For all other professional counselor licensures (LPP, LPCC, and LPC), the minimum education requirement is a master’s degree from a program approved by the Council for Accreditation of Counseling and Related Educational Programs (CACREP) or an equivalent program. CACREP-approved programs include a practicum of at least 40 clock hours of direct client service and an internship of 600 hours working with clients.
Counseling licensing requirements
Counseling licensure candidates must be at least 21 years old, with the exception of CAC I applicants, who can be as young as 18.
If you’ve completed the professional counseling education requirements and want to work immediately, you can qualify for an LPP license that lets you work under supervision in a residential childcare facility.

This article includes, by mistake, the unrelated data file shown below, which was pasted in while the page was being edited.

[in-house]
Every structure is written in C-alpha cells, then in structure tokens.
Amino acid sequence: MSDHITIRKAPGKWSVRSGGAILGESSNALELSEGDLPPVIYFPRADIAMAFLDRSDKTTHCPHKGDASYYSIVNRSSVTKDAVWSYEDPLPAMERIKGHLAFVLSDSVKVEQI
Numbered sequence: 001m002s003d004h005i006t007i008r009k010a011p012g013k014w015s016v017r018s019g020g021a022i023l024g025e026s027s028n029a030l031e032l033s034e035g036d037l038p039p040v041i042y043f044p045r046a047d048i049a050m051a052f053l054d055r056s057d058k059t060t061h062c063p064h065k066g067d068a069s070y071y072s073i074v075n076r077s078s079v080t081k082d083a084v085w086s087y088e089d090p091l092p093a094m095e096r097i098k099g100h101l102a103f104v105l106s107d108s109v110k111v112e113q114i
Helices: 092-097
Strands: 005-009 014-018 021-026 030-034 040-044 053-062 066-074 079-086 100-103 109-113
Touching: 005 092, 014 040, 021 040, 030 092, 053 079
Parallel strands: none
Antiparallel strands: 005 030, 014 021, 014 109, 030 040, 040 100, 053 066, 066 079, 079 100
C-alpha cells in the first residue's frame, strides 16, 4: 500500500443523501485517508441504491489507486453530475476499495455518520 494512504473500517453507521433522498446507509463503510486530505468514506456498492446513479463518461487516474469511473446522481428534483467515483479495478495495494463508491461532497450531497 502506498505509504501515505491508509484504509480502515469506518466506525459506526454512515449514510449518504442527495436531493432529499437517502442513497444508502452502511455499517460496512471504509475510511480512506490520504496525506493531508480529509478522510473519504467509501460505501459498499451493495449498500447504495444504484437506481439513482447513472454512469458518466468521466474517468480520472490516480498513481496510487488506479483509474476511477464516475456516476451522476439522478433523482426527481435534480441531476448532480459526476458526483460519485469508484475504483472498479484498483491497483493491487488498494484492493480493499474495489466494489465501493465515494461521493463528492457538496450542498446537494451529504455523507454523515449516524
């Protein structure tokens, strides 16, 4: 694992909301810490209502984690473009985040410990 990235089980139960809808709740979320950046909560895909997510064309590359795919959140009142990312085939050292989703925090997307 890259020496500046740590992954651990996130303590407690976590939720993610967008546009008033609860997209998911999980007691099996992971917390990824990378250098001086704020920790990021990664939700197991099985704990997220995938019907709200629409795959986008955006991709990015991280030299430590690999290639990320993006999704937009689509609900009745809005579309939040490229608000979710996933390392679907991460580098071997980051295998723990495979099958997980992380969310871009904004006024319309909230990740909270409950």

To pursue full a counselor’s license after meeting the education requirements, you can qualify for an LPCC, which is valid for 4 years while you earn your supervised experience and take the necessary licensing exams.
For addiction counselor certifications and licensures, the following levels of experience are required:
- CAC I: 1,000 hours of clinically supervised work experience in no less than 6 months
- CAC II: 2,000 hours of clinically supervised work experience beyond CAC I, for a total of 3,000 hours in no less than 12 months
- CAC III: 2,000 hours of clinically supervised work experience beyond CAC II, for a total of 5,000 hours in no less than 12 months
- LAC: Hold or meet clinically supervised experience requirements for CAC III
Candidates for full LPC licensing in Colorado must complete the following requirements depending on the level of their degree: